Don’t want to do it yourself? Find a company that specializes in creating inventories. Be sure they’re credible, trustworthy, and have both experience and proper insurance coverage. You should expect to receive a professional digital and/or physical catalog that flows the photos by room and includes a table of contents. The service provider should have a secure platform that allows access to it, with the option for you to take over the account, to input and update the information, including values, as well as having additional functionality such as creating insurance reports, designating eventual recipients of items (asset distribution), and printing out box labels for storage.  

Inventories vs appraisals
Creating an inventory usually doesn’t include appraising items. These are two, very distinct, separate activities. An inventory specialist photos and catalogs items in an organized flow. Appraisers value specific items and, to do that properly, extensive art history background and experience are needed. It is recommended that you use only qualified appraisers that have been qualified by known agencies such as the International Society of Appraisers (ISA), Appraisers Association of America (AAA) and American Society of Appraisers (ASA). These groups require their members to be compliant with USPAP (Uniform Standards of Professional Appraisal Practice) as well as maintain their own specific standards. Inventory specialists can work hand-in-hand with qualified appraisers, using the photos and the appraisal the appraiser created, incorporating both into the final inventory.
With age, memories tend to fade, making inventories invaluable. They offer peace of mind to families, ensuring that all items are accounted for and easily accessible whenever they’re needed. Additionally, inventories document important possessions, including their details, location, and plans for future ownership. When I’m doing an inventory with a senior client, I start to chuckle when they point to something and say, “Do you see that drawer?” or “Do you see that curtain?” because I know what’s coming. “That’s where I hid some cash/bonds/certificates/jewelry…just in case.” Who would ever have known!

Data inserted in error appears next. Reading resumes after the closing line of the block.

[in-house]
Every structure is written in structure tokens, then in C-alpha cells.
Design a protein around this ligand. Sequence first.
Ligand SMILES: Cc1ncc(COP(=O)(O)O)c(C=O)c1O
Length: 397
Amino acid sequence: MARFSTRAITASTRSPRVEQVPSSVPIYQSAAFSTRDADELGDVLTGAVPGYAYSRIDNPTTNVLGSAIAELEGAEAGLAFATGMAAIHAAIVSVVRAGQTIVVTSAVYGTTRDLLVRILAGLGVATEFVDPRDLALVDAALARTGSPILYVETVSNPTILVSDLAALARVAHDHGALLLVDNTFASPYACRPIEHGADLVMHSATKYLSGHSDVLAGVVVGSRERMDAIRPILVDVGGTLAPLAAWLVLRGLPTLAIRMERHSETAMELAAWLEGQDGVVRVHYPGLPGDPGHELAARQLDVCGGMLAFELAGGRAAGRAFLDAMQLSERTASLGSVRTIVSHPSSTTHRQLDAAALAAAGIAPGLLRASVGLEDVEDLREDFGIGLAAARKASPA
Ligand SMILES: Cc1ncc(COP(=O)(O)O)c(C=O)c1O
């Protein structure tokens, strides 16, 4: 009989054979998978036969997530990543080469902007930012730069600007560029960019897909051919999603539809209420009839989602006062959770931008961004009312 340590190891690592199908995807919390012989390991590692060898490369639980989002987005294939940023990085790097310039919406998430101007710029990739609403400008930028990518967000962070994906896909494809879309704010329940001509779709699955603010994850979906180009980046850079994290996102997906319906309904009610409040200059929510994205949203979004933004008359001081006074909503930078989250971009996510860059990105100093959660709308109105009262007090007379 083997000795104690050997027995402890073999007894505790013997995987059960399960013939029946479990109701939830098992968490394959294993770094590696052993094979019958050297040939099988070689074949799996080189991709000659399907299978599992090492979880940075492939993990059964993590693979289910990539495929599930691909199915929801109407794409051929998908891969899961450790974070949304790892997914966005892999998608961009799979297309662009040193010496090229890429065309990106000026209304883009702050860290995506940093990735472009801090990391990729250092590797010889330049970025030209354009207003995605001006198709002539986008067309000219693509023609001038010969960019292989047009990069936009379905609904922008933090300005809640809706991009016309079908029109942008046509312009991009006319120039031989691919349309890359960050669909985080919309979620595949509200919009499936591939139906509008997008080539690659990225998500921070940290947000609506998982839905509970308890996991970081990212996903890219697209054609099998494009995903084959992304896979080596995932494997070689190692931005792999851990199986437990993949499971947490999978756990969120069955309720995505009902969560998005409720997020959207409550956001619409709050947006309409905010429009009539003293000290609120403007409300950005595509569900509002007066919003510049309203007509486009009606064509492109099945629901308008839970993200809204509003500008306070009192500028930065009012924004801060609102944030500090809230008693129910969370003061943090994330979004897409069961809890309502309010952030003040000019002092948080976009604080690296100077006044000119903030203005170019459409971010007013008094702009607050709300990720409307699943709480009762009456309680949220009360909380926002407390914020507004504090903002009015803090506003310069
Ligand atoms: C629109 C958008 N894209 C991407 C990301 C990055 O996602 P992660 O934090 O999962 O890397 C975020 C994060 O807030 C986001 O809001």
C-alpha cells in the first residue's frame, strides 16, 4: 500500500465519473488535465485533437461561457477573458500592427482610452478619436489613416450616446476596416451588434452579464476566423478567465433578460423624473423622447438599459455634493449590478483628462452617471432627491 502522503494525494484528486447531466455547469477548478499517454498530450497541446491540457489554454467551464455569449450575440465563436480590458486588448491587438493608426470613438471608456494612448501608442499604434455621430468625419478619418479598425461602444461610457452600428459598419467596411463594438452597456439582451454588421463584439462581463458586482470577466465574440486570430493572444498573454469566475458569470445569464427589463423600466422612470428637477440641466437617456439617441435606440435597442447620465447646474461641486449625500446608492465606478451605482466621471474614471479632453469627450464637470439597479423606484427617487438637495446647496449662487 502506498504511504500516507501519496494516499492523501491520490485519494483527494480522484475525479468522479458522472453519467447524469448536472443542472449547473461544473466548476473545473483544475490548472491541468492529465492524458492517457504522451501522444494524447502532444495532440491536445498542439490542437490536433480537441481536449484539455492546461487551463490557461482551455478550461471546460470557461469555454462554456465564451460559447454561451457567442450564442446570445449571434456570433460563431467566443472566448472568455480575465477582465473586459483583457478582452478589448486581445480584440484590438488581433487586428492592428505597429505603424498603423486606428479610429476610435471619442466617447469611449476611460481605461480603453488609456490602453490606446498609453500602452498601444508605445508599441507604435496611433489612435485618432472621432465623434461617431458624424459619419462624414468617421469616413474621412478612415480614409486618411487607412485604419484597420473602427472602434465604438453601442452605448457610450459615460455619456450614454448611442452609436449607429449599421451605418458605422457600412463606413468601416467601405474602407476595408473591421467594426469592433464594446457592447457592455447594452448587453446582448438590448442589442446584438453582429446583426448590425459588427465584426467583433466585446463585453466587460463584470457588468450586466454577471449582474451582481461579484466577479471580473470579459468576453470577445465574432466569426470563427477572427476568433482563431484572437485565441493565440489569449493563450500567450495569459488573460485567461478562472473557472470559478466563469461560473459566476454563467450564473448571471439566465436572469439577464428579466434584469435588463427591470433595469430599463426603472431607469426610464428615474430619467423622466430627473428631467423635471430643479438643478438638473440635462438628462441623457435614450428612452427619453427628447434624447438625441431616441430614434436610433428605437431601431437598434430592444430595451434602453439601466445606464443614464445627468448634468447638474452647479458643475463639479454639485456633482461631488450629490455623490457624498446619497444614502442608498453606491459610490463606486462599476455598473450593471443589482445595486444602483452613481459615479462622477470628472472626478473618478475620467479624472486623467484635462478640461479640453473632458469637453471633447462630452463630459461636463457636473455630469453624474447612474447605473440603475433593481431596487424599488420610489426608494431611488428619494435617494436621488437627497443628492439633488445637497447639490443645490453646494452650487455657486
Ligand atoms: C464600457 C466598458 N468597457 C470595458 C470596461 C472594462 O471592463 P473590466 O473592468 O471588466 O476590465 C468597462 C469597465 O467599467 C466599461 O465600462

The author
Carol R Kaufman is CEO and inventor of Pinventory, LLC, a software/service company offering multiple solutions to help create home, life and business inventories to proactively plan for and more easily recover from any type of disaster or loss and to allow for the smooth transition of assets to their next owner. She’s also the founder/CEO of Alternatives TLC, an operational, organizational and HR consulting firm to entrepreneurs and family businesses, helping them organize their internal infrastructure. Carol works with HNW individuals, families and many types of firms including financial, technology, and even food-processing plants! An entrepreneur for over 40 years, Carol specializes in public speaking, training, and finding software/service-based solutions to organizational problems.